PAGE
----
Three Subjective/Objective Lists About Destruction Myth by Mathias Svalina

Four Reasons Why I Thought Destruction Myth by Mathias Svalina Would Be Really Good

1 Enthusiastic write-up on HTMLGiant 
2 The basic premise—44 creation myths followed by one “destruction myth”—is great. I love that no two myths overlap, and that most of them begin with a complicated and even familiar world already in place—there is no beginning, it’s all beginnings. I also love that most of the creations quickly wind up spiraling into apocalypses; as the publisher describes it: “This book attempts the world again and again, only to find that even the most ridiculous of creations contains the seeds of its own destruction.” 
3 Blurb from Anne Boyer, who knows what picante sauce is supposed to taste like (I thought) 
4 The first poem (see the link to the publisher above), which I still think is pretty excellent overall. The way something seemingly silly turns, without warning, into something kind of uncanny and then into something kind of profound; our universe as God’s attempt to escape from his own mortifying omnipresence; the inherent funniness of the name/attendant mental image of Larry Bird 

Three Reasons Why It Was Actually Pretty Disappointing 

1 Poems are made of words, not ideas, it says here. Svalina has a nasty habit of trying to write with ideas. The prose reads like prose; the poetry reads like prose 
2 Not all of those ideas are as good as he maybe wants them to be. The absurdist setups and quirky turns sometimes feel slightly contrived, and the philosophical punchlines can get downright trite. There’s a lot of “people escape from okay but dissatisfying situation only to (ironically!) find that they wish they were back in the situation they escaped from.” That sort of thing 
3 These lines from the still mostly excellent first poem should’ve tipped me off: 

     All the clubs shut down, no one
     could watch a Larry Bird dance without understanding
     that they danced like this, pursed lips, flagellum legs,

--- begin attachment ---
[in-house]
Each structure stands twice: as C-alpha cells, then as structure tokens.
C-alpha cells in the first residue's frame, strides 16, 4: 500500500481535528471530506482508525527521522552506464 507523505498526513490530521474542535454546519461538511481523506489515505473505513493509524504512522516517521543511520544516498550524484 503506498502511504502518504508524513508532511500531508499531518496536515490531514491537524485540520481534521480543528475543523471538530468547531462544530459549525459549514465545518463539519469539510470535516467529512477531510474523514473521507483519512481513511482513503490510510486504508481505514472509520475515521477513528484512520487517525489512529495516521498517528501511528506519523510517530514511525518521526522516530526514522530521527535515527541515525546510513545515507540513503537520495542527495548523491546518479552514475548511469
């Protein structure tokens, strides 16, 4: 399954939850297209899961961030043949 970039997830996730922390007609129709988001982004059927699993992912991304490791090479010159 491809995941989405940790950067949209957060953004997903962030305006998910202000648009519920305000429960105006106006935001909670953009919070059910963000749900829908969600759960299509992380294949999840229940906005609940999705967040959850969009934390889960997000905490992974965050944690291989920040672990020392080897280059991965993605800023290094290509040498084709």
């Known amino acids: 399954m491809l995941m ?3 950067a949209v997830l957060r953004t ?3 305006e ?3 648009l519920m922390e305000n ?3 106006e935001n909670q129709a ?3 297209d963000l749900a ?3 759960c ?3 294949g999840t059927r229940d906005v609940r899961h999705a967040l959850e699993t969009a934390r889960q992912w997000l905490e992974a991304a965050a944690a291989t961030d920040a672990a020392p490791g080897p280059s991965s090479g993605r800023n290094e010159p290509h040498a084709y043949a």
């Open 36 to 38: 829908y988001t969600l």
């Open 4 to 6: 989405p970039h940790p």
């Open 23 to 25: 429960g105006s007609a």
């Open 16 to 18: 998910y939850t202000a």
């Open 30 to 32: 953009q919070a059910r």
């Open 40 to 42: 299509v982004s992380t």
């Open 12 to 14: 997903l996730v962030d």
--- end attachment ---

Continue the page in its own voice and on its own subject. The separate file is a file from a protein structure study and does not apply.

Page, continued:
arms like wild fire hoses.

That is a dude trying to “describe” something. I conclude that my aesthetic allows for no “description” in poetry. (That’s description in quotes, description without quotes can be good.) Worse, it’s a dude explaining his own joke, trying to convey the inherently funny mental image of Larry Bird, which he’s already done much more effectively by just writing “Larry Bird” 

Approximately Ten Reactions I Had to This Disappointment

1 Maybe I should read it again 
2 Read it again, it was even more disappointing 
3 Sense of uneasiness created by cognitive dissonance between my desire to like the book, because of all the things about it suggestive of things that I’d really like, and the fact that I actually didn’t like it 
4 Desire to write a negative review that would quantify all of the reasons that I didn’t like it, thus reassuring me about the boundaries of my taste and helping to resolve the cognitive dissonance 
5 Desire not to write a negative review because there are already too many opinions on the internet, it’s a pet peeve of mine 
6 More cognitive dissonance because of 4 and 5
7 Decision to write the review in this deconstructed form in the hopes of exploring the issues raised by 3 through 6, thus accomplishing 4 while sidestepping 5
8 A little bit more cognitive dissonance due to self-awareness about sidestepping 5
9 Nothing after 4 or so was actually a reaction to the book anymore, but actually reactions to my reactions to the book 
10 That probably means I should stop